Tom Mazanec is assistant professor of premodern Chinese literature at the University of California, Santa Barbara, in the Department of East Asian Languages & Cultural Studies and, by affiliation, the Departments of Comparative Literature and of Religious Studies, He received a joint Ph.D. in East Asian Studies and Interdisciplinary Humanistic Studies from Princeton University in 2017, his M.A. in Comparative Literature from the University of Colorado, Boulder in 2011, and his B.A. in English and Chinese from Calvin College in 2007.
His research is focused on Chinese literature of the medieval period (third through tenth centuries CE). His first book project concerns the emergence of Chinese Buddhist poetry and the rise of the poet-monk in the ninth and tenth centuries CE. Other research interests include literary theory, translation studies, religious studies, and digital humanities. He’s also an avid collector of bizarre and obscure translations of Chinese poetry into English.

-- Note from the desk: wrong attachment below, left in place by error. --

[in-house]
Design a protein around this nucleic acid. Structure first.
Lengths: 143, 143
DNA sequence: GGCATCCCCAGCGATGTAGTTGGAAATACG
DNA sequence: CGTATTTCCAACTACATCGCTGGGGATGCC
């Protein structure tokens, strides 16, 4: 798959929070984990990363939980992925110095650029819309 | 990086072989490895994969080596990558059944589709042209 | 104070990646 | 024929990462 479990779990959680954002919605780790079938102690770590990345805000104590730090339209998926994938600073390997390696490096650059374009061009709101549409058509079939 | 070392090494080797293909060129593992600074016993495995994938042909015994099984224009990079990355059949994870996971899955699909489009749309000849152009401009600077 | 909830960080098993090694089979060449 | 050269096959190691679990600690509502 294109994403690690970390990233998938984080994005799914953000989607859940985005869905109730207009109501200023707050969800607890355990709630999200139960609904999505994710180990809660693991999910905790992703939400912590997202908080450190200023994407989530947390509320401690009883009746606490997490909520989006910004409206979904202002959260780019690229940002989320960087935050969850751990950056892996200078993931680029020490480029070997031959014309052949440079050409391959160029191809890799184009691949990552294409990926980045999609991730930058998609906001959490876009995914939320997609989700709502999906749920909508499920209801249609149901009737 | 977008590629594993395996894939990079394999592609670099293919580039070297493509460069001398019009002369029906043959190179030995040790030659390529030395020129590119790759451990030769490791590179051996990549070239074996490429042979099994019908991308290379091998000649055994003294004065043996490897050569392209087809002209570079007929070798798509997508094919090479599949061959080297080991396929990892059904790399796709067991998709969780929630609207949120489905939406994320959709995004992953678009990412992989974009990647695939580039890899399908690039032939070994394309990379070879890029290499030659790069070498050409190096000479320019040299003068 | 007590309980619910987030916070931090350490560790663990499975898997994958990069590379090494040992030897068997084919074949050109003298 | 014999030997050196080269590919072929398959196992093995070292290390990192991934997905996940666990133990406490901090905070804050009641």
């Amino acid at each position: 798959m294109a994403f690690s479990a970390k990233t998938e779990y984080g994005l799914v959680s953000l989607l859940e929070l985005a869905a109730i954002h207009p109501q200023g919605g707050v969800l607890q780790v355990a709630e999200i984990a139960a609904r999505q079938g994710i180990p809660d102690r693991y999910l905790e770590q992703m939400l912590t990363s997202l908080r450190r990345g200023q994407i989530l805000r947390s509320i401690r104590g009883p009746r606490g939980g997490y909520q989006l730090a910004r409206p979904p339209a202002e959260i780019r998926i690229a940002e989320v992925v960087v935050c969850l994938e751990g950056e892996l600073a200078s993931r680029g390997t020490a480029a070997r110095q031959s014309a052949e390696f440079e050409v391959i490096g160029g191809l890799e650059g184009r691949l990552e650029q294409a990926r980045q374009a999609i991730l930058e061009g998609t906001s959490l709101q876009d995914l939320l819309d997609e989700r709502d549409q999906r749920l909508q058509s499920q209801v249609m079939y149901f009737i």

On this website, you’ll find his CV, information on his research projects (including network maps of medieval Chinese exchange poetry), links to Sinological resources, and his blog. His email address is email@example.com, and his profile at UCSB can be found here.
Photo credit: Jillian Title.
Of Admonition and Address: Right-Hand Inscriptions (Zuoyouming) from Cui Yuan to GuanxiuTang Studies 38 (2020): 28–56
Review of The Halberd at Red Cliff: Jian’an and the Three Kingdoms by Xiaofei TianStudies in Late Antiquity 4.3 (2020): 353–359
Latest Blog Posts
I’m happy to announce that my new article on poetic address has come out in the latest issue of Tang Studies. “Of Admonition and Address: Right-Hand Inscriptions (Zuoyouming) from […]
April 5–9, 2021 Organized by Thomas Mazanec, Xiaorong Li, and Hangping Xu (UC Santa Barbara) Call for Papers Good poems are all alike, but every bad poem is bad in […]
I will be giving a talk at Stanford University on some of my most recent research, namely on concepts of debt in medieval China and how they relate to literature. […]